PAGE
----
Considered one of the most prominent jazz photographers, Herman Leonard (1923-2010) was born the son of Romanian immigrants in Allentown, Pennsylvania and first picked up a camera at the age of nine. Shy by nature, Leonard found photography to be a way of connecting with those around him—from his high school peers to famous figures like Harry Truman and Martha Graham, whom he photographed as an assistant to master Canadian portrait photographer Yousuf Karsh. Later assignments would take him to East Asia, where in the 1950s he served as Marlon Brando's personal photographer, and Paris, where he worked as a correspondent for Playboy and Time magazines. He established a studio in the heart of Greenwich Village in 1949, and with his passion for the music and kind respect for those he photographed, he was accorded an unprecedented inside view of the New York jazz scene.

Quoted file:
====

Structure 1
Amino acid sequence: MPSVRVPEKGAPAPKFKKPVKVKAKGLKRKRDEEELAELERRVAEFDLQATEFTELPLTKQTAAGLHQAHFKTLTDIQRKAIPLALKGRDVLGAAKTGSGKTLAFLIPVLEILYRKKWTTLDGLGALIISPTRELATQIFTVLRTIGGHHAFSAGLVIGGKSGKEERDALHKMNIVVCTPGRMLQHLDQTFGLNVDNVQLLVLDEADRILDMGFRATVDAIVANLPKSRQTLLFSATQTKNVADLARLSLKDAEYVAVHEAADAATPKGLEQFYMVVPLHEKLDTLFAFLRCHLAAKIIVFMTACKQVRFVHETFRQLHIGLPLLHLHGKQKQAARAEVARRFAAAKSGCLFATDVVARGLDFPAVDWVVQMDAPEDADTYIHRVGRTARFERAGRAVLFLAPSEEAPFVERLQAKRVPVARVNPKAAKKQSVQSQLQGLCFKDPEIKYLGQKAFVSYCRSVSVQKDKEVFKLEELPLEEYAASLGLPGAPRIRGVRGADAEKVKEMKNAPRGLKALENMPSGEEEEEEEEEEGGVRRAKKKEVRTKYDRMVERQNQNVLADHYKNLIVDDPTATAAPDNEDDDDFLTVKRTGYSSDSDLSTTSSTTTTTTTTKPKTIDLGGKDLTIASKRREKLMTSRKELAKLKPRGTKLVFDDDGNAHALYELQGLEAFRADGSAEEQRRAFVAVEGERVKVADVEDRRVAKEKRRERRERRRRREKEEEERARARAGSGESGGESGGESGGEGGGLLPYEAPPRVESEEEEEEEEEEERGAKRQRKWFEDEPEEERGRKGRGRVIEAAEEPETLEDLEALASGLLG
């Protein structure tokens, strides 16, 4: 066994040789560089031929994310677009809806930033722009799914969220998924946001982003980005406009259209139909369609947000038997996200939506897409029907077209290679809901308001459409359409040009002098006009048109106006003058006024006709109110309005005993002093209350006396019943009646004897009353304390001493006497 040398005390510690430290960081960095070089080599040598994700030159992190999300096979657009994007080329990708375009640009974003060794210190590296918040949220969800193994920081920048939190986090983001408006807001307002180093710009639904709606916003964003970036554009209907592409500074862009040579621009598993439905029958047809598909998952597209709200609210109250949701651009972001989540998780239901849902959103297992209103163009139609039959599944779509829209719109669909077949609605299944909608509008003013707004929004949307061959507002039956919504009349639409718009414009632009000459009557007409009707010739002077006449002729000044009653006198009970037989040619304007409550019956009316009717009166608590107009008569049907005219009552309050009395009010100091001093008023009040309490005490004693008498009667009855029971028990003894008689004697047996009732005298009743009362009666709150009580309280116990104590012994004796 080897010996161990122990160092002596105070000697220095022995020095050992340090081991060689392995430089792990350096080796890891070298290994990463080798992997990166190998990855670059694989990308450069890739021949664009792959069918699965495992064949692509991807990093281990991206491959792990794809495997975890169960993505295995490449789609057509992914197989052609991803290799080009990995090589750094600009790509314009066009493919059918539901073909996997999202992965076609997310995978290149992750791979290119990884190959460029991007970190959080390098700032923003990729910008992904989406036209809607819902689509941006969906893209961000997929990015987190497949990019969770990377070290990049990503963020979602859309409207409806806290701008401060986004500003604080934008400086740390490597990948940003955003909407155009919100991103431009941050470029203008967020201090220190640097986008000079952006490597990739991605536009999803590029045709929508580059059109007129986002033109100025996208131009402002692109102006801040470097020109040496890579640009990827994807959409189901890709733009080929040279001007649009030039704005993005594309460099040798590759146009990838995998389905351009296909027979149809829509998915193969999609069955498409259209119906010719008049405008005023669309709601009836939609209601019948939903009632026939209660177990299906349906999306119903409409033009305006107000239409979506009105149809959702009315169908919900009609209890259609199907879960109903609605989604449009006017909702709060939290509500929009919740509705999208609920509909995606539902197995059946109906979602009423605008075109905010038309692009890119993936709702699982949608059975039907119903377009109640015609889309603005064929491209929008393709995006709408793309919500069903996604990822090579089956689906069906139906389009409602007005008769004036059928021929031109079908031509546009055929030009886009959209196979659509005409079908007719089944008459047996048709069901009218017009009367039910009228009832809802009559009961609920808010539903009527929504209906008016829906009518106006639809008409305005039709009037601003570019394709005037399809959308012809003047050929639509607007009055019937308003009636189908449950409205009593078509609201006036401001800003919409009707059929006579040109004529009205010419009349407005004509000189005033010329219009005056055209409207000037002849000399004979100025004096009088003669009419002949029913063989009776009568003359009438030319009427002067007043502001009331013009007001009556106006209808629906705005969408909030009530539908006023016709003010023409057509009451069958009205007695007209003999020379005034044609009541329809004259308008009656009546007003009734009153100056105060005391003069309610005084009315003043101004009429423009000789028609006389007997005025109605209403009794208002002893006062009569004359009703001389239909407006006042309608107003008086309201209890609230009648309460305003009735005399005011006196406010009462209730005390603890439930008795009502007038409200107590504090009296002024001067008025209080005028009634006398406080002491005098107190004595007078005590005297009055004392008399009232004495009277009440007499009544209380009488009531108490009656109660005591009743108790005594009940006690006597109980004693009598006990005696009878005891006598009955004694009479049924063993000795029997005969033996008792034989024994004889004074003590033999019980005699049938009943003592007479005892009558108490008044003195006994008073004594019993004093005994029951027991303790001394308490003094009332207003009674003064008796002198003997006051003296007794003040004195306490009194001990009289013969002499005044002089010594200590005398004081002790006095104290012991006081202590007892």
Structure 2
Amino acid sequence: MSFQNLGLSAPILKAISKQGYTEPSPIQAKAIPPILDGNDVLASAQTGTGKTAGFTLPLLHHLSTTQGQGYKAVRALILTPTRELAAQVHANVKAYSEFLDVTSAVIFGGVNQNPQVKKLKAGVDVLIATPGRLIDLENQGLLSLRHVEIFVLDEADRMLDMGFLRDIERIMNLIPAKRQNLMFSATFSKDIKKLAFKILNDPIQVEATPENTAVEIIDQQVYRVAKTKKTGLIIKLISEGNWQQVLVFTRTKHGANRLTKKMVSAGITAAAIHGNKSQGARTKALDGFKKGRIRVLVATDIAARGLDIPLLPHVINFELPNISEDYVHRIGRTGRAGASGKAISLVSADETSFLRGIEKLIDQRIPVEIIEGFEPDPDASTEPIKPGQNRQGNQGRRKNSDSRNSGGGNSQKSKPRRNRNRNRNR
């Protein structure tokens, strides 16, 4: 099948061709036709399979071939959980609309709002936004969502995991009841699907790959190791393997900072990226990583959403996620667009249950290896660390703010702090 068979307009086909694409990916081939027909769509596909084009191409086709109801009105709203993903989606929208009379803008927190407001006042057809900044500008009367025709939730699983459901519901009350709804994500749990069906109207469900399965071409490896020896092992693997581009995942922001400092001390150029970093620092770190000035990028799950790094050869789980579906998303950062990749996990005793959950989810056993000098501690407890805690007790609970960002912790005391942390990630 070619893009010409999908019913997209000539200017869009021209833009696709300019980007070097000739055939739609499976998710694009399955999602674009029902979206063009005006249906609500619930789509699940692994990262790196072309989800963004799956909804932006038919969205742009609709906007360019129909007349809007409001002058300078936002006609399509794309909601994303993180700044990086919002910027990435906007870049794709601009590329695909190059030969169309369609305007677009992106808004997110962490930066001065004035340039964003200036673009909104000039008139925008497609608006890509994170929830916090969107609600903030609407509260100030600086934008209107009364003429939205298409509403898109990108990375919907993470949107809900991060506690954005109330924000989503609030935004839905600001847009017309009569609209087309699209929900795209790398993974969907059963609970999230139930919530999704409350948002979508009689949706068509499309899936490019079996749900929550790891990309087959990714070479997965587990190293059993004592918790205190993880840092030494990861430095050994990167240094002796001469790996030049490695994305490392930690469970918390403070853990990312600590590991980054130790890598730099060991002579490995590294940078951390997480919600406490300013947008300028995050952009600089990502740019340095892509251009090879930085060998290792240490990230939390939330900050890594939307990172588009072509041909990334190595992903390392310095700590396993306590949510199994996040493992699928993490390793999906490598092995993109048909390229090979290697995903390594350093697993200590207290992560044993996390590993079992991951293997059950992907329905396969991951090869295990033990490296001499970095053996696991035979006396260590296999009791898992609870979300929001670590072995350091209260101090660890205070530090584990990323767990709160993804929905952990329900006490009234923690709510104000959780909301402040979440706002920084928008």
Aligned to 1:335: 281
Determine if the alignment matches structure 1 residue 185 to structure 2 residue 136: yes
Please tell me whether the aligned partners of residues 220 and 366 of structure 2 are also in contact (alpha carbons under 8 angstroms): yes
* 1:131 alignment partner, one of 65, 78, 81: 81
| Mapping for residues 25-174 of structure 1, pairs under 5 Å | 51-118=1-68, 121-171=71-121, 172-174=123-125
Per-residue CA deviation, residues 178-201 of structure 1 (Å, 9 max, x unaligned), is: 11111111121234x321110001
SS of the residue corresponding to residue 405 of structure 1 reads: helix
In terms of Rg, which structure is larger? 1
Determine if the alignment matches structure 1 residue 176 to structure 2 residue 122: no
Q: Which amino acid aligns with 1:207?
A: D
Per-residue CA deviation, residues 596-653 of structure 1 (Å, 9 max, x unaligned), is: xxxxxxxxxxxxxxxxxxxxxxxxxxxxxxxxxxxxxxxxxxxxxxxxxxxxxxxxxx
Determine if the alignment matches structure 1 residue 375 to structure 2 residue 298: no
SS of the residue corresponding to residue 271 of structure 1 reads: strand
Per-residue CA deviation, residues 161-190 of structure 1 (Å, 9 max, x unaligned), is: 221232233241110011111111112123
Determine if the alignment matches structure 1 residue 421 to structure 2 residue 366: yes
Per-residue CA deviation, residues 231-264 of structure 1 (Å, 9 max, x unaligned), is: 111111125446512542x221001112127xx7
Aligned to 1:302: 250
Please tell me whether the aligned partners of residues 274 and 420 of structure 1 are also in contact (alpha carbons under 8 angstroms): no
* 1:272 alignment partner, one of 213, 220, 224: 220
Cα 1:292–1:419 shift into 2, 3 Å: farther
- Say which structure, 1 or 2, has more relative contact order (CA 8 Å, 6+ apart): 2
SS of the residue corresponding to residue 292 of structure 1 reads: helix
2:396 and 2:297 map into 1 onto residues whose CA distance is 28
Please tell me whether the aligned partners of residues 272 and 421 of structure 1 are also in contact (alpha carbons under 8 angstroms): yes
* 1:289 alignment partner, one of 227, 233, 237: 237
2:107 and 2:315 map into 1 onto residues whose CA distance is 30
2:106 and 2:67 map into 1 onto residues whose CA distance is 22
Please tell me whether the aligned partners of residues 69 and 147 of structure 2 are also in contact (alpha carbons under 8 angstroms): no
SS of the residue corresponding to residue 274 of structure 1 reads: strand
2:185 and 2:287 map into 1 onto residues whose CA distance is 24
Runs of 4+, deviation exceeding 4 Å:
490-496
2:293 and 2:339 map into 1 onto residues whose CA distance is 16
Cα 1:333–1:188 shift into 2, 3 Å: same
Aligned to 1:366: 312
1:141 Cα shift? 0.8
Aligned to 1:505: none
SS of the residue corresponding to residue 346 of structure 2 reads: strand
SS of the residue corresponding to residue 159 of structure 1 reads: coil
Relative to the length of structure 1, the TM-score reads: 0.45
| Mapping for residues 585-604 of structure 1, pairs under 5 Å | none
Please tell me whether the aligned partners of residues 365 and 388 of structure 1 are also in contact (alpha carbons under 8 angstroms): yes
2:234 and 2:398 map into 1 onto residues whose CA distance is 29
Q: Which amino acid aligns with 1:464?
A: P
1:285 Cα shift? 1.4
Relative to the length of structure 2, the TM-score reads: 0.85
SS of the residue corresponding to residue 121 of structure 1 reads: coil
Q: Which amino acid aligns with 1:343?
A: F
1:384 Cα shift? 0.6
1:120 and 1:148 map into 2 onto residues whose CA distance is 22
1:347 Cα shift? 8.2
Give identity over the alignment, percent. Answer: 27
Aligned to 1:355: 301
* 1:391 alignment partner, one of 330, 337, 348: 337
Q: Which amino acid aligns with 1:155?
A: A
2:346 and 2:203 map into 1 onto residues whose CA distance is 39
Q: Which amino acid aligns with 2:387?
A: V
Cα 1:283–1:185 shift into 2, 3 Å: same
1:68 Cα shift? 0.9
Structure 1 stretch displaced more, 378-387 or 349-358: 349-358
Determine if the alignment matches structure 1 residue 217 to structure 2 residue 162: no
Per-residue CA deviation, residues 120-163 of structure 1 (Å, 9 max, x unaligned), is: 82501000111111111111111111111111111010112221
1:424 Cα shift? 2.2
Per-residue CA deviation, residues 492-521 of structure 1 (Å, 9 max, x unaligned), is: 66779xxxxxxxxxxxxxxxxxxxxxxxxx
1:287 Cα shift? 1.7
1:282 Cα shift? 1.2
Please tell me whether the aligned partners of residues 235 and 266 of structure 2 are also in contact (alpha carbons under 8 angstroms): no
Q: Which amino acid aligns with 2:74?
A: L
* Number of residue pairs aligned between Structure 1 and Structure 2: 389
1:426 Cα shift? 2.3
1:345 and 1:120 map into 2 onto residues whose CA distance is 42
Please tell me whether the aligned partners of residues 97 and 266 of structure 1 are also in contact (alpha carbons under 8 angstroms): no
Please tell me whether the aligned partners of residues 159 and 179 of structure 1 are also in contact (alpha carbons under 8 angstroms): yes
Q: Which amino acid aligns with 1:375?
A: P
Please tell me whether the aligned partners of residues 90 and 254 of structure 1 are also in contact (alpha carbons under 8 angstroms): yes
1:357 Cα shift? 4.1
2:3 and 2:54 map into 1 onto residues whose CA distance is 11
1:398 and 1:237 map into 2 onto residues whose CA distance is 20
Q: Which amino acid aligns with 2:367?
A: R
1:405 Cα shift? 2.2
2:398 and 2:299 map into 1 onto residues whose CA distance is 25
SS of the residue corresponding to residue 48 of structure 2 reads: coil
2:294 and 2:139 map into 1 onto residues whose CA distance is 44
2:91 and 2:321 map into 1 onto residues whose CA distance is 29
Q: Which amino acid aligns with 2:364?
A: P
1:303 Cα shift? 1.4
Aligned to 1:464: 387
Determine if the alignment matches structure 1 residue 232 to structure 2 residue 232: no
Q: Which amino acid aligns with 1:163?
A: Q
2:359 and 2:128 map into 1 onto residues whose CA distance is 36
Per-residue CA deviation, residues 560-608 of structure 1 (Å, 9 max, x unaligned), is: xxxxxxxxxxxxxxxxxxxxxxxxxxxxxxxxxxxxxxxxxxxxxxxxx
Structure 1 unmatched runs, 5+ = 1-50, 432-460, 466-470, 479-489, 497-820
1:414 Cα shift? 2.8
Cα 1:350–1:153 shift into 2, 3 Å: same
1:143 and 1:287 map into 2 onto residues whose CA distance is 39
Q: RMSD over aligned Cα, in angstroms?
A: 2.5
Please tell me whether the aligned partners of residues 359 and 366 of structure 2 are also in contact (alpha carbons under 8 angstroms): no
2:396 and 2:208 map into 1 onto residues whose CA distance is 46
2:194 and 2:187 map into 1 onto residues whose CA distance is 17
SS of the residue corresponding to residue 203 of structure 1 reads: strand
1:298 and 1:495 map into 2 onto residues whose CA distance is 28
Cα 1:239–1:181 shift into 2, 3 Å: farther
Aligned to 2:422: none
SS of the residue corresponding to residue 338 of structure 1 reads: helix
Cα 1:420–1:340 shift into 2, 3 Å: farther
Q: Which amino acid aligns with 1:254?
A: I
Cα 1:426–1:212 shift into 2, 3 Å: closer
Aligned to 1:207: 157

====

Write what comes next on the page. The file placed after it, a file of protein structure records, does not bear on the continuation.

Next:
Leonard's works are found in numerous public collections including the Smithsonian Institute and Lincoln Center. While his New Orleans studio and at least 8,000 original prints were destroyed in 2005 by Hurricane Katrina, his complete collection of over 35,000 negatives survived and have been fully archived through a grant from the Grammy Foundation.